Student politics has taken a foul turn

The Honi Soit cover featuring Hamida al-Taher.

THERE is a word, usually confined to the playground, that perfectly encapsulates a combination of intimidation through threat of violence and abuse of power.

It is an ugly word, far too often made diminutive in its effect. It is the only way to characterise the behaviour of the guest editors for the University of Sydney’s offensive Honi Soit student magazine, who chose to print a picture of Hamida Al-Taher, a known suicide bomber, in a militant pose on their cover. It is called bullying, and it has no place on our campuses.

Over a fortnight ago, the Wom*n’s Collective at the University of Sydney produced its annual autonomous edition of Honi with Al-Taher on its cover. Al-Taher, who was described by the editors as a “martyr”, carried out a suicide attack in southern Lebanon in 1985, indiscriminately killing more than 50 individuals.

The same edition included an article denigrating this year’s Eurovision winner, Netta Barzilai, and referred to Israel as “not even a real country”. This edition came only weeks after the April 16 Queer Collective issue of Honi, which displayed a graphic of a Molotov cocktail and direct references to BDS on the front cover.

We at the Australasian Union of Jewish Students (AUJS) acted decisively in condemning the covers. In this condemnation, we criticised both covers as “endorsing violence as a legitimate form of protest”, and urged the editors to affirm their commitment to non-violent paths to peace.

They have so far failed to do so. Instead, the Wom*n’s Collective simultaneously denied and attempted to justify Al-Taher’s lethal bombing operation.

That this is the public position of the Wom*n’s Collective at the university is disturbing and wholly inconsistent with the values of free academic inquiry and debate still codified in the university’s ethical guidelines.

The intention of these covers seemed unambiguous and unsubtle: that violence and terrorism are legitimate forms of protest, especially within the context of the Israel–Palestine conflict and towards those who openly support the existence and continued success of the State of Israel.

Despite repeated attempts by AUJS to engage in constructive dialogue about these Honi covers, the representatives of student activism at the university exploited their positions to intimidate their constituents.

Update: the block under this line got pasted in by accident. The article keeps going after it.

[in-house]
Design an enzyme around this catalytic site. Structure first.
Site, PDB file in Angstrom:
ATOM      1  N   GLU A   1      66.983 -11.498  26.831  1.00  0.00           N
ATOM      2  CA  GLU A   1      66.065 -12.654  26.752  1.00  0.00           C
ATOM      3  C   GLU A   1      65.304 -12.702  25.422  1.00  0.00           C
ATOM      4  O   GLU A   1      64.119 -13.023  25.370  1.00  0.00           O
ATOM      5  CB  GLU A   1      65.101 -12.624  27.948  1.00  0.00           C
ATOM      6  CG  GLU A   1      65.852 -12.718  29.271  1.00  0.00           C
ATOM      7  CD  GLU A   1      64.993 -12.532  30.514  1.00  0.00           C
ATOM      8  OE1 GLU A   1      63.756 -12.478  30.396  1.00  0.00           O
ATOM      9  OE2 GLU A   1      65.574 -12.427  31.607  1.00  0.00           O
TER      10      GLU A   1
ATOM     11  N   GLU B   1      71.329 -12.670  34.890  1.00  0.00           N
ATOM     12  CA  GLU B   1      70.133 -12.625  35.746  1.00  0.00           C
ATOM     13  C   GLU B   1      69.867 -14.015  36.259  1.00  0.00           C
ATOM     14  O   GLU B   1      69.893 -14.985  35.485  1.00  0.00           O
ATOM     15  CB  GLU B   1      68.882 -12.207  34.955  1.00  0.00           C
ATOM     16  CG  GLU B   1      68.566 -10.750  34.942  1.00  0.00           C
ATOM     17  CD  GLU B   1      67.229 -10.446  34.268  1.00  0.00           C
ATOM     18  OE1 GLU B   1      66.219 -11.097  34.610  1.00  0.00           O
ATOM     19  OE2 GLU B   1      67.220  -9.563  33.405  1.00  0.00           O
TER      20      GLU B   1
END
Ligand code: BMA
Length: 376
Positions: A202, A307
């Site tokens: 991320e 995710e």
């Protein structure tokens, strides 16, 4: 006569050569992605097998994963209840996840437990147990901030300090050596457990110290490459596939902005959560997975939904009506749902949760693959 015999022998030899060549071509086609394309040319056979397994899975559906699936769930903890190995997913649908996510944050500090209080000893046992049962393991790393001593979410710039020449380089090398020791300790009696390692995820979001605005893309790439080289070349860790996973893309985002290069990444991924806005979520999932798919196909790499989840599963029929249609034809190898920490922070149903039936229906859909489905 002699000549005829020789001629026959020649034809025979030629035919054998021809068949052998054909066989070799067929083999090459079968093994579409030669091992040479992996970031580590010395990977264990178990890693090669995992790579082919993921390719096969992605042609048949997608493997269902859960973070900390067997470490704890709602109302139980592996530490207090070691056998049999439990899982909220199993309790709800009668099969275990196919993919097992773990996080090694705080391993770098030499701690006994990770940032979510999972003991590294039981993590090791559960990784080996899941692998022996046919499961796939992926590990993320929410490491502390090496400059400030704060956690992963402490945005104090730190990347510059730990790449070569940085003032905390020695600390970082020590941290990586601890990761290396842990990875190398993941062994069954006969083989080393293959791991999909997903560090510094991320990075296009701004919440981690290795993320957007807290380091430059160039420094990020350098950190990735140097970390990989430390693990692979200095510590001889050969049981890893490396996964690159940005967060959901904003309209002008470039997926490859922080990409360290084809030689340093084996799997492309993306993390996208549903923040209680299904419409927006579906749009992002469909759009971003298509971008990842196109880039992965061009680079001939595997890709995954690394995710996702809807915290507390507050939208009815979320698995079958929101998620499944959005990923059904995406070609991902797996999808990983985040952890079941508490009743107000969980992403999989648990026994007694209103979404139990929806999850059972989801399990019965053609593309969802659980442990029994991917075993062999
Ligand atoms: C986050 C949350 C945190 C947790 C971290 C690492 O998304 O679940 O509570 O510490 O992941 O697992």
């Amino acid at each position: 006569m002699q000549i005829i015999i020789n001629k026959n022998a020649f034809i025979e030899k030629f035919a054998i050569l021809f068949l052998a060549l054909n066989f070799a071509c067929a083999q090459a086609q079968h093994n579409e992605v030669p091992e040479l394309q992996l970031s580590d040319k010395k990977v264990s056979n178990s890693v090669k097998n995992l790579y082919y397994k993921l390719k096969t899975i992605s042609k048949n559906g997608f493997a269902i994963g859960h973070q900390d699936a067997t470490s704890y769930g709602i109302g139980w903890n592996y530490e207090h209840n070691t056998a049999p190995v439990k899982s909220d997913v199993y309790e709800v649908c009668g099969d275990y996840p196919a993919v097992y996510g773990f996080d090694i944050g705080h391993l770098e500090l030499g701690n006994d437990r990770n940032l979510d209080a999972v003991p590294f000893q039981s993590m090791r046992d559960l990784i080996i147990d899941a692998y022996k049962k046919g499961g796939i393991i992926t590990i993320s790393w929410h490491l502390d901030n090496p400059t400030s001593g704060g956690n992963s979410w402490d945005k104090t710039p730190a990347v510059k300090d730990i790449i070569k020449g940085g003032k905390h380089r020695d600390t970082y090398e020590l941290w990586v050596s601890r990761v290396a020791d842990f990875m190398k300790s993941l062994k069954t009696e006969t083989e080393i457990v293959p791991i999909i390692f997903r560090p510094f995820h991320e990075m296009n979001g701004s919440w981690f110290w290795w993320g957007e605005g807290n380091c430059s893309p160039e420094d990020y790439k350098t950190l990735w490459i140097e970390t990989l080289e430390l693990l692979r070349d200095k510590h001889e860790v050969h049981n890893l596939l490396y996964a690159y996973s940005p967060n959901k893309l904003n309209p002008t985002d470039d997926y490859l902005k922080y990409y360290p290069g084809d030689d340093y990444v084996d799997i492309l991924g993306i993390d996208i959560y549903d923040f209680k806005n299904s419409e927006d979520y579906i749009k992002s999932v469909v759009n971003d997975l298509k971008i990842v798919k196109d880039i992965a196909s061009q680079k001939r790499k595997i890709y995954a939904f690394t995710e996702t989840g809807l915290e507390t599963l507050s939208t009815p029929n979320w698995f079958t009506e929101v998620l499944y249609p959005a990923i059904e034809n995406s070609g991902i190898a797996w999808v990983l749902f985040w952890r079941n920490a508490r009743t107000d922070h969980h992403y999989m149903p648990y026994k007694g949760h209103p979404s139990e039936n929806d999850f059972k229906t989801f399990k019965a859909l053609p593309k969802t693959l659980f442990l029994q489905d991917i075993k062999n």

This was a blatant attempt by student politicians to disseminate publications that sacrifice respectful dialogue to push an extremist and violent agenda, causing distress among Jewish and other students who support Israel.

Yet, despite AUJS’s concerns, the University’s Student Representative Council (SRC) continued shirking its responsibility as a representative body when, on June 6, instead of responding to its constituents’ concerns, it passed a motion against AUJS.

The motion, which passed 11 to 10, congratulated the Wom*n’s edition of Honi as “brave and highly defensible”, and condemned AUJS for criticising the covers by suggesting that progressive political speech was being censored.

By using this motion to condemn AUJS’s legitimate exercise of free speech and criticism, the SRC declared that its views are not subject to the same level of criticism as other student bodies.

The suggestion that mere criticism by AUJS is a suppression of their free speech sets a worrying precedent for any student group that has the temerity to publicly disagree with the extreme political agenda of the university’s Socialist Alternative and Grassroots, who moved and seconded this motion.

Student politics has undeniably taken a foul turn. University campuses are meant to encourage robust debate and academic discourse. Yet, elected representatives at the University of Sydney are utilising bullying, intimidation and scare tactics to silence opposition and disseminate a distorted view of the Israel–Palestine conflict.

AUJS is not in the business of wading into parochial battlegrounds to make political statements. AUJS is, however, in the business of standing up for not only Jews on campus, but for the safety and welfare of all students, something critically lost in the promotion and glorification of violence.

Make no mistake: the power wielded by such representatives is real. The toxic atmosphere they create for Jewish students is real. The outrage felt by students and community members, Jewish and non-Jewish alike across Australia, is real.

NOA BLOCH is AUJS national political affairs director, and BENJAMIN EZZES is president of AUJS at the University of Sydney.